Today: A trip into the wild -- and a simple dish that lets your spring harvest shine.
There was a time when my father and I would have walked the distance up the hill to Gordon's Rocky Top. We would have crossed the creek, stepping gingerly across the slick rocks like seasoned hopscotch players, hiked to the fork in the path, taken the trail on the left, and then quietly ascended the long, wooded hill. On our way, we would have walked past the pond, and if we were lucky, we might have spooked an owl or happened upon some white tail deer.
This time, we took the golf cart. Any romantic notion of a quiet walk in the woods was spit out from under the spinning tires, to be whisked away in exhaust fumes. In all fairness, we took the cart with good reason -- my dad is older now, and my eight-year-old daughter would have tired from the long walk to the mushroom patch. Besides, there was still plenty of walking to do once we got to the top, and there would be ample quiet time once we began the mushroom hunt -- there always is. Simpler times, I thought, aren't always so simple.
We aren't into the woods five steps before we spot our first morel, and it isn't long before Vivian is shouting, "I found another!" with regularity. We find gray, black, and blonde morels. It's one of those giddy afternoons I attribute to beginner's luck; it's why you bring a rookie. Vivian is proving to be our most valuable player, and within an hour or two, our search is over. We have our two to three pounds, and with no reason to be greedy, it's time to leave the remaining mushrooms for others.
It's on the drive home that I finally get real quiet time. Vivian is asleep, and my father is off somewhere in his own mind. As someone who is extremely passionate about cooking, I am of course flipping through possibilities for the mushrooms. A morel custard leads to a custard tart, which reminds me that I have always wanted to stuff morels with foie gras -- but it all seems too overwhelming. I have to remind myself that I have very fresh ingredients, so I should keep things simple.
But simple doesn't always mean simple; simple can be difficult if it requires exactness. What you put on the plate is the result of the steps you took to get it there. An equation such as this -- a dish of morels and asparagus -- isn’t about the number of steps, but rather the quality of each step. It is why sometimes simply following a recipe isn’t good enough.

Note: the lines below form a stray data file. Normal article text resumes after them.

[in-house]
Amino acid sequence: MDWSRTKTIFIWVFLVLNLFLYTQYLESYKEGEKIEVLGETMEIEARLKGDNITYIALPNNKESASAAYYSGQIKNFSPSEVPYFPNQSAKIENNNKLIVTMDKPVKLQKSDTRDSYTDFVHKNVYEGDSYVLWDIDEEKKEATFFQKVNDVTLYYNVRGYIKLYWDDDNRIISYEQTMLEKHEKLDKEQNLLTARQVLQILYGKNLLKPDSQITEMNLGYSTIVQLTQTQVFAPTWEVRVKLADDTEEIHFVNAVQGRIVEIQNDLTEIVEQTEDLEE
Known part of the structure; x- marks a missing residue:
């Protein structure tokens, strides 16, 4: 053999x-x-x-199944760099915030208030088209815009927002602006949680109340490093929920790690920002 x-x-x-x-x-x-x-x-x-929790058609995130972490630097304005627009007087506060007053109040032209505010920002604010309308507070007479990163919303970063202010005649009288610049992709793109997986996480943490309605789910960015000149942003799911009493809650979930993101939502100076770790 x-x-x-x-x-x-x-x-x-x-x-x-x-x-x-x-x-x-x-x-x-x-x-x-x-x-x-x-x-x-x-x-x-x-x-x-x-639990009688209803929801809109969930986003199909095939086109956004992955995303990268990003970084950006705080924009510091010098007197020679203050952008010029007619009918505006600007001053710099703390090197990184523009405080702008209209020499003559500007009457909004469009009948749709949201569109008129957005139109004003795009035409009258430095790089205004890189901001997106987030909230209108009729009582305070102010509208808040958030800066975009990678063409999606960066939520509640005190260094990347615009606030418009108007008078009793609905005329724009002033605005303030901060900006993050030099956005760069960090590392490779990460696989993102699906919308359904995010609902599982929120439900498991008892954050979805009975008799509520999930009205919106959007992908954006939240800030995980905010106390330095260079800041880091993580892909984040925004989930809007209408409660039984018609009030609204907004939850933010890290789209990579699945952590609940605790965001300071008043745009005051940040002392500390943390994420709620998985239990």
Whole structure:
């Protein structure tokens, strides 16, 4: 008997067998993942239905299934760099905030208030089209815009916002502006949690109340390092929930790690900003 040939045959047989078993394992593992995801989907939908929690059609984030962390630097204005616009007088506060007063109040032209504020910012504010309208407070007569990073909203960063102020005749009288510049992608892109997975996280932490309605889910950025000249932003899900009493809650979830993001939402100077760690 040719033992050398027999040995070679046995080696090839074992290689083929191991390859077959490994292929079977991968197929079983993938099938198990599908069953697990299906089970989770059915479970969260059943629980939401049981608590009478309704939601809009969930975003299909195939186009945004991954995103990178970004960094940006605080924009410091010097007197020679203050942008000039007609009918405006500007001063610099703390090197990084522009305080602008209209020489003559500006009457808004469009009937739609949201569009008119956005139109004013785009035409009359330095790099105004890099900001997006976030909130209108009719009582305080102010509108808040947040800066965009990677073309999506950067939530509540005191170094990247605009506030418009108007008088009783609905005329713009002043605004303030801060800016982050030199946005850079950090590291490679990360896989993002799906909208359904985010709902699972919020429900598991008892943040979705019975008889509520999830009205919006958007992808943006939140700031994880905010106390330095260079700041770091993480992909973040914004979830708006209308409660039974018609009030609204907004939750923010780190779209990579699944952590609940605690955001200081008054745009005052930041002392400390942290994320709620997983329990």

More: Give your fresh produce top billing in these 10 spring salads.
Vivian wakes from her nap and asks if we can stop for ice cream. My father concurs, and I consent. From the back seat, Vivian begins rehashing the day's events as if she is an old fisherman with bragging rights. My dad smiles, and I think to myself, what a special day and a special ingredient.
Simple doesn't mean a recipe that's easy to get to the table. It means you found the best ingredents, applied the right cooking process, and nailed it like a pro. You shouldn't always follow a recipe -- here are 5 reasons why:
1. It's important to know your ingredients. For example, are your morels wet or dry? What's the best way to rinse the grit? How will they react to heat? All these questions are important to how your finished dish is going to taste and look. This applies to anything you are going to cook.
2. Pay attention to what's happening with your ingredients and how they react to different cooking processes. Your cooking is the sum of your kitchen knowledge -- don't let recipes become a crutch.
3. Cookbook authors and recipe writers don't know everything. If something in a recipe doesn't seem like it will work, trust your instincts -- you are probably right.
4. Learn from your mistakes. Ask yourself what happened to make a recipe fail. On the other hand, when something is good, ask yourself what made the recipe work. Remember these mental notes.
5. Learn where to find the best ingredients, how to choose the best ingredients, and -- if you want to take it to the next level -- how to grow the best ingredients.
A fistful of asparagus stalks, ends trimmed and peeled to remove their tough exterior
10 or so morels, rinsed and dried
1 1/2 tablespoons minced shallots
1 tablespoon minced garlic
1/4 to 1/3 cup breadcrumbs (we used Ian's gluten-free panko crumbs)
1/4 cup flat-leaf parsley leaves: half minced, and the other half left whole
1/4 cup tarragon leaves: half minced, and the other half torn in two
1 tablespoon unsalted butter
Freshly ground black pepper
Photos by Tom Hirschfield